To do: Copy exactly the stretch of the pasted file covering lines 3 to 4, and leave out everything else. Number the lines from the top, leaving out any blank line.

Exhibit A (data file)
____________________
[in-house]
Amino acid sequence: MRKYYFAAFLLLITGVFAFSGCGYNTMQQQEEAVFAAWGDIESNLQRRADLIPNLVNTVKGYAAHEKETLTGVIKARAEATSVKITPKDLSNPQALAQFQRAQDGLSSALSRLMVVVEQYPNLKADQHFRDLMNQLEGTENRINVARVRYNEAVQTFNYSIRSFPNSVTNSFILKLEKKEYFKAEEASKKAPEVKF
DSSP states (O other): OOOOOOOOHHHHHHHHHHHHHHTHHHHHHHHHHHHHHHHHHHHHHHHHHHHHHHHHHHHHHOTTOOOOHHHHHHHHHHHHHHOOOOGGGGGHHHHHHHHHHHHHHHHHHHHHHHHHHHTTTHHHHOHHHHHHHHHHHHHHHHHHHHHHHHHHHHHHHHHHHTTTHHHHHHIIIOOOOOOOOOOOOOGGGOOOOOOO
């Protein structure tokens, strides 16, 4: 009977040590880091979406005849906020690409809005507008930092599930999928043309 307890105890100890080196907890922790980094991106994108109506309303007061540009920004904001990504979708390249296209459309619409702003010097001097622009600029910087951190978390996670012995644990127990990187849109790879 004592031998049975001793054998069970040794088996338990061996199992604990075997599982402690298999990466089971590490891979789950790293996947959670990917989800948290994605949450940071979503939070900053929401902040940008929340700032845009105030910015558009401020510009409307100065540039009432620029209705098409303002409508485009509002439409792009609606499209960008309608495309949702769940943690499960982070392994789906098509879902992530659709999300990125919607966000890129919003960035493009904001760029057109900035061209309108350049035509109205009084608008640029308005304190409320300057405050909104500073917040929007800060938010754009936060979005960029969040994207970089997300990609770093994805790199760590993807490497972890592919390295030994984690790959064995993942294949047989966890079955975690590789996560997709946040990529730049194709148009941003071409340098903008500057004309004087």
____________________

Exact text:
DSSP states (O other): OOOOOOOOHHHHHHHHHHHHHHTHHHHHHHHHHHHHHHHHHHHHHHHHHHHHHHHHHHHHHOTTOOOOHHHHHHHHHHHHHHOOOOGGGGGHHHHHHHHHHHHHHHHHHHHHHHHHHHTTTHHHHOHHHHHHHHHHHHHHHHHHHHHHHHHHHHHHHHHHHTTTHHHHHHIIIOOOOOOOOOOOOOGGGOOOOOOO
């Protein structure tokens, strides 16, 4: 009977040590880091979406005849906020690409809005507008930092599930999928043309 307890105890100890080196907890922790980094991106994108109506309303007061540009920004904001990504979708390249296209459309619409702003010097001097622009600029910087951190978390996670012995644990127990990187849109790879 004592031998049975001793054998069970040794088996338990061996199992604990075997599982402690298999990466089971590490891979789950790293996947959670990917989800948290994605949450940071979503939070900053929401902040940008929340700032845009105030910015558009401020510009409307100065540039009432620029209705098409303002409508485009509002439409792009609606499209960008309608495309949702769940943690499960982070392994789906098509879902992530659709999300990125919607966000890129919003960035493009904001760029057109900035061209309108350049035509109205009084608008640029308005304190409320300057405050909104500073917040929007800060938010754009936060979005960029969040994207970089997300990609770093994805790199760590993807490497972890592919390295030994984690790959064995993942294949047989966890079955975690590789996560997709946040990529730049194709148009941003071409340098903008500057004309004087």